Ever heard of the Sleeping Beauty experiment? It's an experiment that, for many reasons, will never be conducted. If it were, we'd have to rethink the way we calculate the odds of a coin flip.
Allow me to describe the Sleeping Beauty experiment's surpassingly creepy procedure: Sleeping Beauty is put under sedation on a Sunday. A coin is flipped. No matter what, she is woken up on Monday. She is briefly interviewed, but before she is put back to sleep, she is given a drug that wipes out her memory of the interview, and being woken at all. If the coin comes up heads, she is only awakened on Monday. If the coin comes up tails, she awakened on Monday and on Tuesday. During each interview, before she is given the amnesiac drug, she is asked what she believes the result of the coin flip was. Should she say heads or tails? Or should she just bolt for the door?
There is always the conventional view. The coin came down on one side or another. When Sleeping Beauty awakes, she has no way of telling whether it's Monday or Tuesday, and she doesn't know whether she's been awakened before. No matter what she guesses, she has a 50/50 chance of getting it right.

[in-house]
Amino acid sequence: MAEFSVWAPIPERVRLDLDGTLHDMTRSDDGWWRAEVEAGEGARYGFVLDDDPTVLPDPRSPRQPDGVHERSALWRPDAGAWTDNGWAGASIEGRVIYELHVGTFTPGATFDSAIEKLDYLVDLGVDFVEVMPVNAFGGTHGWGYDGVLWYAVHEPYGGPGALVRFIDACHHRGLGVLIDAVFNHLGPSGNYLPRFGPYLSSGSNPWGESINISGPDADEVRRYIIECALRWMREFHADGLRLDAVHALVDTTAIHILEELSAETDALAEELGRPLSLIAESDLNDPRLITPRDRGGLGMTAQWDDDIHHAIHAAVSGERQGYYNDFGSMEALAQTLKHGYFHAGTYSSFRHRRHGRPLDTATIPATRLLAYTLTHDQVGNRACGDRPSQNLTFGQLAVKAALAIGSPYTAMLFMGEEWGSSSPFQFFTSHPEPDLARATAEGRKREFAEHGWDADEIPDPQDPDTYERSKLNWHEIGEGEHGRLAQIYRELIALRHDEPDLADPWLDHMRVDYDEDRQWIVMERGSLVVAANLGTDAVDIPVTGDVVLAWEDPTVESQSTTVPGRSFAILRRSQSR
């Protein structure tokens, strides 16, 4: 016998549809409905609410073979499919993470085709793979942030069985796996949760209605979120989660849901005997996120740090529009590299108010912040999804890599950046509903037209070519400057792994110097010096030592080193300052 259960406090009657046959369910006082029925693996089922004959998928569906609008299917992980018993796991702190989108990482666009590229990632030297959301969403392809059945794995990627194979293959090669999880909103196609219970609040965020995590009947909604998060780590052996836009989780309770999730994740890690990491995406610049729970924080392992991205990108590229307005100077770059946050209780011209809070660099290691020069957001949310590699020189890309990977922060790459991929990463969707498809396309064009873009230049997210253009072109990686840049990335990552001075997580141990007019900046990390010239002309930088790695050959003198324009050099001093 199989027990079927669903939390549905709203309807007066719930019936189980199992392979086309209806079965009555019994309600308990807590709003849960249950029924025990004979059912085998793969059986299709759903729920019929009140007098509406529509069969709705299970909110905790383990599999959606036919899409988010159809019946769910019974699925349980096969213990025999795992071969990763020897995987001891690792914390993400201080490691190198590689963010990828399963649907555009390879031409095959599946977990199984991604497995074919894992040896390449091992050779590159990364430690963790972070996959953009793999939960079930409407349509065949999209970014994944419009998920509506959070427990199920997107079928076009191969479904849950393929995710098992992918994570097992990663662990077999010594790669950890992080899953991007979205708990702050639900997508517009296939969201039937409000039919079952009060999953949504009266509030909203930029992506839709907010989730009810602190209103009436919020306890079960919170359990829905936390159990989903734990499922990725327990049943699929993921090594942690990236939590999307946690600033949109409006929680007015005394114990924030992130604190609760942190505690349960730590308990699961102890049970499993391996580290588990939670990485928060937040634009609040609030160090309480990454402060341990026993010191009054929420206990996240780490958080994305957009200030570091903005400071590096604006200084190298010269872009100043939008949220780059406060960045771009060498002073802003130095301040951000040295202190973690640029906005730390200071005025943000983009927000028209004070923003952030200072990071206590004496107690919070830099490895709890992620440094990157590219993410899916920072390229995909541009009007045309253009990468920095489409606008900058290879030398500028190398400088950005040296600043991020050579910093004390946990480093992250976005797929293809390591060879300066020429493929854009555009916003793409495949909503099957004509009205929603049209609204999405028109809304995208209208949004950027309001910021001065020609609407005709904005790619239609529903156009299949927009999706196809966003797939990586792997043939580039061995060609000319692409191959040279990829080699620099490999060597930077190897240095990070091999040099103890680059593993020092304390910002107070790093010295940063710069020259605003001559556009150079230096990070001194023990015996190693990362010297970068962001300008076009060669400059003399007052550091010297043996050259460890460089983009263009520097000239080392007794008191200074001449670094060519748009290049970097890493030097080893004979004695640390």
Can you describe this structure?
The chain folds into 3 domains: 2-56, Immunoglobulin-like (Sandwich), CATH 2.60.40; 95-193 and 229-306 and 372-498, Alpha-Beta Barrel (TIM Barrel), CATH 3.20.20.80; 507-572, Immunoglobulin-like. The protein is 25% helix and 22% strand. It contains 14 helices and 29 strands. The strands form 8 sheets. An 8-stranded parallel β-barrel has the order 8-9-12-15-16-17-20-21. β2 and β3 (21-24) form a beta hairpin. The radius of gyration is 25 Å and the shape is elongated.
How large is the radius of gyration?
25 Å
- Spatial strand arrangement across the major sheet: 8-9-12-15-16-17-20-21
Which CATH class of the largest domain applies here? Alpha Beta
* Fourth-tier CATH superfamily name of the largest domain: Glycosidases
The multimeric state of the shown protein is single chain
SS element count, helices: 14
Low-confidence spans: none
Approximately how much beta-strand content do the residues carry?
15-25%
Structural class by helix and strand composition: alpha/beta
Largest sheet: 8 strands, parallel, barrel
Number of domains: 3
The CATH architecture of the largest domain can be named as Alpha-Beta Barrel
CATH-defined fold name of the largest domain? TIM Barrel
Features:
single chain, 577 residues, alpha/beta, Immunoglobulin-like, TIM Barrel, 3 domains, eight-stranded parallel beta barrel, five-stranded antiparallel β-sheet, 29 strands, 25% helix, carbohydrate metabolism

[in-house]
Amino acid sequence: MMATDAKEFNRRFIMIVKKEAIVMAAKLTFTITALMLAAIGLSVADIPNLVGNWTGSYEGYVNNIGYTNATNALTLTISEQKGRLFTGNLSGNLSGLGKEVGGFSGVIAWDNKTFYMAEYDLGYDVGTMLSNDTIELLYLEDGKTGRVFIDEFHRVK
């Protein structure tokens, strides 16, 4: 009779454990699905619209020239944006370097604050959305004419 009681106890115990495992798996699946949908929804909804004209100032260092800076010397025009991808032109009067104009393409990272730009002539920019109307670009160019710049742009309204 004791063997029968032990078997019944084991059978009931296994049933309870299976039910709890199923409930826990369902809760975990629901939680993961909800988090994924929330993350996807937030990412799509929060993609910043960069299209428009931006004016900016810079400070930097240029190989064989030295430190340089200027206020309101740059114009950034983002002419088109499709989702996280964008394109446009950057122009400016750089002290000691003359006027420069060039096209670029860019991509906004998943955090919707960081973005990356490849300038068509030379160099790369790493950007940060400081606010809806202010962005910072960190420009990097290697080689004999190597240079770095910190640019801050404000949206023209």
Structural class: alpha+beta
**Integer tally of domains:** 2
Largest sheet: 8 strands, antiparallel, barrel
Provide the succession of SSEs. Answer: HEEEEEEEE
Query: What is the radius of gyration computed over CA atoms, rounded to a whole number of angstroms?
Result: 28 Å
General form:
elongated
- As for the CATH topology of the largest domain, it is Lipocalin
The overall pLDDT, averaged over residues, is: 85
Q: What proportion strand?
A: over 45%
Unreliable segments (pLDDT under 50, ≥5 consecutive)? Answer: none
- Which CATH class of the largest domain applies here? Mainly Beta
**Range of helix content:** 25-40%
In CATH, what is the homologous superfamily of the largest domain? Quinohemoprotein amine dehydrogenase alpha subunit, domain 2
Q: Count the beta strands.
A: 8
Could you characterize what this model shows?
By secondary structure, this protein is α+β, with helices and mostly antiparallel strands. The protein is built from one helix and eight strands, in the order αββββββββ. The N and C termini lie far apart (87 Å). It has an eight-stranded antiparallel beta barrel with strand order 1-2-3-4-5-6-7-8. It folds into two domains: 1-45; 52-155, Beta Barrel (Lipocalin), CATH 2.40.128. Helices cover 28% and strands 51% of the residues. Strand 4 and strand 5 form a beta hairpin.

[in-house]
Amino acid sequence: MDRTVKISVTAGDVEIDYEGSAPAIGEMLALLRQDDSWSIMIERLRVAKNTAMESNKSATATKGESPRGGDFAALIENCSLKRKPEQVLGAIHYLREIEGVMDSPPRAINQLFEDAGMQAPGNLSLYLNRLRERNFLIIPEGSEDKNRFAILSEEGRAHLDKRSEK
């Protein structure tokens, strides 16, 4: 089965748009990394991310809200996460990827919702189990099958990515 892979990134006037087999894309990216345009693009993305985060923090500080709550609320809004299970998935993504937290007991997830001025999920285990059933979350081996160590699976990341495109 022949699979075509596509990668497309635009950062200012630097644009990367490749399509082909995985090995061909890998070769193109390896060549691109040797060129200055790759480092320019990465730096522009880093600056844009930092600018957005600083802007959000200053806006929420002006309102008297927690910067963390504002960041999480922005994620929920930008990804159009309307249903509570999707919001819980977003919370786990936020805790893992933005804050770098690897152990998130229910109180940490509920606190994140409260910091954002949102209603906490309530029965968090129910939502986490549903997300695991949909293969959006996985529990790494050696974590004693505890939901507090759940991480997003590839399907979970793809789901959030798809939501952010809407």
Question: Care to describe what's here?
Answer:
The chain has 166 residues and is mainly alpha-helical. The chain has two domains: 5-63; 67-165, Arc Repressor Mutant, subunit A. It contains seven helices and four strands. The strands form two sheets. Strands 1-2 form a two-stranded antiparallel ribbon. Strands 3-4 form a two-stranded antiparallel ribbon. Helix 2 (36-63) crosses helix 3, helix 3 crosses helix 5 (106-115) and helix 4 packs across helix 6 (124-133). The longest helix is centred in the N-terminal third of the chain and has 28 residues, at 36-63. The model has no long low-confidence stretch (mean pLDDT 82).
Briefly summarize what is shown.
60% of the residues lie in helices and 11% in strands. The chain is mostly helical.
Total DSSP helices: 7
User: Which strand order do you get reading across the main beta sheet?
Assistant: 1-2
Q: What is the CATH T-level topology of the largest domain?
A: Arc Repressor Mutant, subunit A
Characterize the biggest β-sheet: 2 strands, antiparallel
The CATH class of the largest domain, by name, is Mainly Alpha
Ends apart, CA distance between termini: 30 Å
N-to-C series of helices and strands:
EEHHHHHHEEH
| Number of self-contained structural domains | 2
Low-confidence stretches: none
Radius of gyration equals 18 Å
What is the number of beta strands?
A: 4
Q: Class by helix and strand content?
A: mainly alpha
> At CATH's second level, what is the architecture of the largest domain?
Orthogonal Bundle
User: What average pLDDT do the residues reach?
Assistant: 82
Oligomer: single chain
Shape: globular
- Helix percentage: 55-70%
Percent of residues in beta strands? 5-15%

Or does she? Consider a world so depraved that it could get 1000 different volunteers to participate in this experiment. The coin will be flipped 1000 times, and 500 times it will come up heads, and 500 times it will come up tails. But Sleeping Beauty won't wake up 1000 times. She'll wake up 1500 times. Every time the coin comes up tails, she gets two interviews — making for 1000 wake up calls. When the coin comes up heads she gets a paltry 500 awakenings. Out of 1500 creepy interviews, two-thirds will be prompted by tails, and one-third by heads. Therefore, she should guess tails, knowing that there's a 2/3 probability she'll be right about a fifty-fifty coin flip.
There is a third school of thought about this experiment. Its philosophy runs thusly: who cares? Each interview is the same. After the experiment, Sleeping Beauty will wake up and go about her way, knowing nothing about either interview. If the effect of each guess is the same, no possible choice will make a difference to Sleeping Beauty. She should be completely indifferent.
I have to say, I like this third theory... especially since the preferred way to end Sleeping Beauty's indifference is to offer her a cash prize for each answer she gets right. I have to say there is an appeal to solving philosophical problems that way.
"When a tree falls in the woods and no one's around, does it make a sound? Well, is there money in it for me either way? No? Then I don't care." Life could be made so simple.